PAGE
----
At our All-Staff Meeting this week, I shared with the staff on the topic of being persecuted for one’s faith. I told the story of William Tyndale who died on October 6 during the year 1536. He believed that his purpose on earth was to translate the Bible into English so that his fellow-countryman could read about salvation by grace alone in their own language. He was condemned as a heretic and sentenced to death. When he refused to recant his faith, he cried out, “Lord, open the King of England’s eyes!” For all of us English-speakers, we can be thankful for Tyndale’s faithfulness in his mission to provide us with Bibles of our own.
Today, persecution continues around the world. Christians are being asked to recant their faith or risk loss of employment, family, or even their life. Even those of us who live in the safety of the western world are tempted to soften the Gospel message so as not to offend anyone. With the progressive agenda of the day, we may find ourselves keeping quiet about the parts of the Bible that are not popular, or we may be tempted to modify our worldview based on what modern culture tells us is correct even if it contradicts the Word of God.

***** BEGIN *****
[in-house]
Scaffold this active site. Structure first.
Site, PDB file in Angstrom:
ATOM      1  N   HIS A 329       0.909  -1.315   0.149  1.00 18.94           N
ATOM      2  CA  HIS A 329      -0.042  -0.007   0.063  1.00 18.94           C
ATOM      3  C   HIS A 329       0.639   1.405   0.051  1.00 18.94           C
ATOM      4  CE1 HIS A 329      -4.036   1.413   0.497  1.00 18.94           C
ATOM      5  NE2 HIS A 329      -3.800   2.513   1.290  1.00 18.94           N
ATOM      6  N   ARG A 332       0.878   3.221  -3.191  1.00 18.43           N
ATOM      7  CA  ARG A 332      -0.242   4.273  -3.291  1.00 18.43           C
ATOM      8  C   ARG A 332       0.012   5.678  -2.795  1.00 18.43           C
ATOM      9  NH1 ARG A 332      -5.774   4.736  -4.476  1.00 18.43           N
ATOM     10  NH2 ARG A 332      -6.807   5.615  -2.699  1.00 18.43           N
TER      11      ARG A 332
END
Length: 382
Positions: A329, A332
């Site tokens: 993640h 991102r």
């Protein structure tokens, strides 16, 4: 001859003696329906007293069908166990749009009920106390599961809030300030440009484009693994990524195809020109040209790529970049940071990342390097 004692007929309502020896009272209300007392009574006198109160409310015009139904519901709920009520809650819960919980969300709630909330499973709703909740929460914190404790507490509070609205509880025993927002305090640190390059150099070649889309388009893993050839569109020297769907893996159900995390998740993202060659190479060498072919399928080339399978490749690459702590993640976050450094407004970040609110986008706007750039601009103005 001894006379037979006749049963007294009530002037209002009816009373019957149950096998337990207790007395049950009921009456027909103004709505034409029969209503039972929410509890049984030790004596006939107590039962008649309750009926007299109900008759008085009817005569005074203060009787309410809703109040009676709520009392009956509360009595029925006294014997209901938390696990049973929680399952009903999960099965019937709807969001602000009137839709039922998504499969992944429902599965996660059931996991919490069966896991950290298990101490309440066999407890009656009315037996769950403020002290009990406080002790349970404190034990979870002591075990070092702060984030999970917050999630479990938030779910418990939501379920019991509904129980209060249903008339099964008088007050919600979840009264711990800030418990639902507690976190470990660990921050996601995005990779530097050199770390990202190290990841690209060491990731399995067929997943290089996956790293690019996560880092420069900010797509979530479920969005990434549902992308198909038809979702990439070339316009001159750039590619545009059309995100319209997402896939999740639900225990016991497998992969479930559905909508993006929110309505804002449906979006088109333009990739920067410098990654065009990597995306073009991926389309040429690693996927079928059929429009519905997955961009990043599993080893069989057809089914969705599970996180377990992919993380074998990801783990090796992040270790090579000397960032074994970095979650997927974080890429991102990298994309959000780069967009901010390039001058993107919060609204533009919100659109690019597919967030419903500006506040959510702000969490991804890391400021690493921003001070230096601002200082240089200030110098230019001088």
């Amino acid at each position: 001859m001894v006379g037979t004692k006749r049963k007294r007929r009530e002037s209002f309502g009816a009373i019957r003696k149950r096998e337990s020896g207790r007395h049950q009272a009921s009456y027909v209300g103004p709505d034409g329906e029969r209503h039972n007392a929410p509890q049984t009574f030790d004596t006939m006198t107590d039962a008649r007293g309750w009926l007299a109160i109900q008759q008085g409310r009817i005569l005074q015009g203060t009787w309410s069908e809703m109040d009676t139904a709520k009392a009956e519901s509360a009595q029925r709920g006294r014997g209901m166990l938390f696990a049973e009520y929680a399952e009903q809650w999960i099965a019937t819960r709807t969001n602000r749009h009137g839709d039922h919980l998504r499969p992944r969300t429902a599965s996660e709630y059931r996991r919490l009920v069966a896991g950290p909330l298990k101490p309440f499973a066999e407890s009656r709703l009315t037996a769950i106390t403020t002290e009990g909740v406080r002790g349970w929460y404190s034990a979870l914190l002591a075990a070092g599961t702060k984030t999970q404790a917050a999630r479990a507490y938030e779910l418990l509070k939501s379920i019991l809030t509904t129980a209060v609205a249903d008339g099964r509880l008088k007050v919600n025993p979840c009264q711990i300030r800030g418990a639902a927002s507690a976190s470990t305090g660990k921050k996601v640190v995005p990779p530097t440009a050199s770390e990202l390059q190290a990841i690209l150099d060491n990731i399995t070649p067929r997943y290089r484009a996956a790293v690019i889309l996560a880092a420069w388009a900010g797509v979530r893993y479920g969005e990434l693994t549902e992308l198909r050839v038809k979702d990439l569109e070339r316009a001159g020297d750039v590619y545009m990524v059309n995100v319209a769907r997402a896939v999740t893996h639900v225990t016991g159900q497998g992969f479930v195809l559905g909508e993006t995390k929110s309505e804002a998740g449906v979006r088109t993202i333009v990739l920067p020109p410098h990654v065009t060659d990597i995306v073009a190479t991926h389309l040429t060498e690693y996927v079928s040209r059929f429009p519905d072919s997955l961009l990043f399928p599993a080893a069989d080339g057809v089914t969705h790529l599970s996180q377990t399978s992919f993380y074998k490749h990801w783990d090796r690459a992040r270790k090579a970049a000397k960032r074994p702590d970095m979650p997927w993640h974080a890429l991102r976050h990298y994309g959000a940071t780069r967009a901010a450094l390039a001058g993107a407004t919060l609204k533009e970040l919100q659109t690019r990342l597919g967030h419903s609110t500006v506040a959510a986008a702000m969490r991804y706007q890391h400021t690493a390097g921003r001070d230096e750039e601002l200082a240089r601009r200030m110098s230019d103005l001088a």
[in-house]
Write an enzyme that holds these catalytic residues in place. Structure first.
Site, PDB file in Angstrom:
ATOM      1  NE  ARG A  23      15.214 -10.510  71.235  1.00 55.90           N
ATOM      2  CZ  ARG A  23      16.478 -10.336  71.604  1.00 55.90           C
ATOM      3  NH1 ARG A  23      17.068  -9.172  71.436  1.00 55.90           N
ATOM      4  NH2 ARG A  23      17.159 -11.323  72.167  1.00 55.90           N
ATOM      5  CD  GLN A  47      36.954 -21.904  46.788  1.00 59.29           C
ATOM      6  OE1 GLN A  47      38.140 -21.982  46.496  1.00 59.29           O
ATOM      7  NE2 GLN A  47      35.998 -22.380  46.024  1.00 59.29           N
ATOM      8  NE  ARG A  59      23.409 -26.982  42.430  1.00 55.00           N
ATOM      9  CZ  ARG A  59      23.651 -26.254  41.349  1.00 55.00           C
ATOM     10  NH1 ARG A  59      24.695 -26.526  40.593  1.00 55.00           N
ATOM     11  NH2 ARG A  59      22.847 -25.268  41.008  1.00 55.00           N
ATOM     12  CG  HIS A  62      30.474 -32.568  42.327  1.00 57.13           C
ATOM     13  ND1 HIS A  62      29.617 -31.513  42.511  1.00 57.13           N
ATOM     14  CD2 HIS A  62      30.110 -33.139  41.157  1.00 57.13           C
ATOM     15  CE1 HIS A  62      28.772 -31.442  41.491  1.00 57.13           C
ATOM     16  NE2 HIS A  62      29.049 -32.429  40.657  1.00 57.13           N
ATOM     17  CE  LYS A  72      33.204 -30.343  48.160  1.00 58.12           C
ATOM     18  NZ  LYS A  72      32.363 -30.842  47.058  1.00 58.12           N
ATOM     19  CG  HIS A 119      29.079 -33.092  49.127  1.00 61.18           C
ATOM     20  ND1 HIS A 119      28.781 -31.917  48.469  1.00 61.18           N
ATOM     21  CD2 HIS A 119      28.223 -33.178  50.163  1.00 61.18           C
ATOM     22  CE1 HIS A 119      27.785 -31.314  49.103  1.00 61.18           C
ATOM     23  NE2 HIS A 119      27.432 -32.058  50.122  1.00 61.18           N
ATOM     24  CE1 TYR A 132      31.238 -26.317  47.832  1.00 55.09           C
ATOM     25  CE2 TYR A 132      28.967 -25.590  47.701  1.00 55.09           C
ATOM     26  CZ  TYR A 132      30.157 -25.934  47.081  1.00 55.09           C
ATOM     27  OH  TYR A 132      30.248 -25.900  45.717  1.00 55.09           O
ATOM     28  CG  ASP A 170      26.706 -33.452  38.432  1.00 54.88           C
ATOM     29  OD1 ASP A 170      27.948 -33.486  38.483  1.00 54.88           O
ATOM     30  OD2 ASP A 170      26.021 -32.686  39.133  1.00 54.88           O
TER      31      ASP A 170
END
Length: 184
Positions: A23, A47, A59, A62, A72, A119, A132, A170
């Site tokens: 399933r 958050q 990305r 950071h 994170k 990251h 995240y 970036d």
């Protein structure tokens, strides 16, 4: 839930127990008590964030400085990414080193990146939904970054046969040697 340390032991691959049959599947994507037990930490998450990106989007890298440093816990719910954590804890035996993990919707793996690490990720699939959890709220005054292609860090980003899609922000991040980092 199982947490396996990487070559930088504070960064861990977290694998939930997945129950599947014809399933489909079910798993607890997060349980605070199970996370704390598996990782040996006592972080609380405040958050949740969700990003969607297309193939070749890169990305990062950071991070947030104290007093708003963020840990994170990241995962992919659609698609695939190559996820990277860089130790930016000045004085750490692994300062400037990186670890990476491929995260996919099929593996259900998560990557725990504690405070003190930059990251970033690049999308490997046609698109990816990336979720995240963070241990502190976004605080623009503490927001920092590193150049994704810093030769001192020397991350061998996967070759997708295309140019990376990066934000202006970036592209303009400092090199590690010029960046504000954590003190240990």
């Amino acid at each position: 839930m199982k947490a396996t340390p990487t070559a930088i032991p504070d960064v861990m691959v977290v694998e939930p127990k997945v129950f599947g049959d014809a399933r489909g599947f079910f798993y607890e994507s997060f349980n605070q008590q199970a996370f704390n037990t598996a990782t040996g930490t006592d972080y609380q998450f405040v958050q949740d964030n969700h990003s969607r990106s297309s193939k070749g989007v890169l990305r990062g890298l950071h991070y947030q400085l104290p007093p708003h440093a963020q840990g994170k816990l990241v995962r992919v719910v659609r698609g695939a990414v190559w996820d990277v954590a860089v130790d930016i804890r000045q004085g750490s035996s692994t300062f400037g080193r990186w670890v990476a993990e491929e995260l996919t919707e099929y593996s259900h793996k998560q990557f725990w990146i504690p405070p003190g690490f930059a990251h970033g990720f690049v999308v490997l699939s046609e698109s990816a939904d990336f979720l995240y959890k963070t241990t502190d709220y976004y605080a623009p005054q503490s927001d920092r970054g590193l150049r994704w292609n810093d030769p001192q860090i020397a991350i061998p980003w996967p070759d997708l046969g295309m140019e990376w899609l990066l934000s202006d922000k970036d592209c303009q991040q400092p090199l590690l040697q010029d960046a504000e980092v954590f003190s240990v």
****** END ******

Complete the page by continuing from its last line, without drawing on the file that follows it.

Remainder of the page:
I have several quotes hanging over my desk. One quote by Charles Swindoll from 2002 says, “This is no time for a deliberate softening of truth, to make Christianity more palatable to unbelievers.” A second one by A.W. Tozer written between 1897 and 1963 says, “A faith which passively accepts all of the pleasant verses of the Bible while it overlooks or rejects the stern warnings and commandments of the same Scriptures is not the faith of which Christ spoke. True faith requires that we believe everything that God has said about Himself, but also that we believe everything He has said about us.”
I pray that we would stand firm, placing our faith in the inerrant Word of God, even when it is not the popular thing to do. When we place our faith in Jesus Christ, we are risking something. As a dear saint once prayed, “We will not offer to God offerings that cost us nothing.” Are we willing to risk all for the sake of the Gospel? William Tyndale did, and because of his sacrifice, we are able to own a Bible in English. Today, I give thanks for the Christian martyrs who have gone before. I pray that I may also be found faithful.
Because of His Faithfulness,
Dr. Sharon C. Brobst, Director